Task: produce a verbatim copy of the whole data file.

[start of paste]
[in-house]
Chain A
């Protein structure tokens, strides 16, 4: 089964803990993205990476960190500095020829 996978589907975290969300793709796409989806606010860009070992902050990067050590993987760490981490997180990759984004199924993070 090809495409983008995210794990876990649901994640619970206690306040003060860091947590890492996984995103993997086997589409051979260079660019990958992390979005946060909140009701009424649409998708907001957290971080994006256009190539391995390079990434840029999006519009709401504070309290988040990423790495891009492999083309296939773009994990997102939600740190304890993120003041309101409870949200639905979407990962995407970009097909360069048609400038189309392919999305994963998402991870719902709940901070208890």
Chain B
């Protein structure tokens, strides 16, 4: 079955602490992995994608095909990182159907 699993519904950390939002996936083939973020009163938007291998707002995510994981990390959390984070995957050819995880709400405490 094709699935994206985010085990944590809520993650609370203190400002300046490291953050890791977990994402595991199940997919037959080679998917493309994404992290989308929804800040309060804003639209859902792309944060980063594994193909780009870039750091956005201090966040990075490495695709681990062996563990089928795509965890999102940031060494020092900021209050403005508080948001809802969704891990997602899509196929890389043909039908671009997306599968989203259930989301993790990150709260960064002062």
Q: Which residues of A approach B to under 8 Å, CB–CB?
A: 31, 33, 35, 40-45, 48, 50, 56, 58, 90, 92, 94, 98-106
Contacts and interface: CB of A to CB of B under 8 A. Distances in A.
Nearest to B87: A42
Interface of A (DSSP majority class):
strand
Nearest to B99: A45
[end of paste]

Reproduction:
[in-house]
Chain A
């Protein structure tokens, strides 16, 4: 089964803990993205990476960190500095020829 996978589907975290969300793709796409989806606010860009070992902050990067050590993987760490981490997180990759984004199924993070 090809495409983008995210794990876990649901994640619970206690306040003060860091947590890492996984995103993997086997589409051979260079660019990958992390979005946060909140009701009424649409998708907001957290971080994006256009190539391995390079990434840029999006519009709401504070309290988040990423790495891009492999083309296939773009994990997102939600740190304890993120003041309101409870949200639905979407990962995407970009097909360069048609400038189309392919999305994963998402991870719902709940901070208890």
Chain B
């Protein structure tokens, strides 16, 4: 079955602490992995994608095909990182159907 699993519904950390939002996936083939973020009163938007291998707002995510994981990390959390984070995957050819995880709400405490 094709699935994206985010085990944590809520993650609370203190400002300046490291953050890791977990994402595991199940997919037959080679998917493309994404992290989308929804800040309060804003639209859902792309944060980063594994193909780009870039750091956005201090966040990075490495695709681990062996563990089928795509965890999102940031060494020092900021209050403005508080948001809802969704891990997602899509196929890389043909039908671009997306599968989203259930989301993790990150709260960064002062």
Q: Which residues of A approach B to under 8 Å, CB–CB?
A: 31, 33, 35, 40-45, 48, 50, 56, 58, 90, 92, 94, 98-106
Contacts and interface: CB of A to CB of B under 8 A. Distances in A.
Nearest to B87: A42
Interface of A (DSSP majority class):
strand
Nearest to B99: A45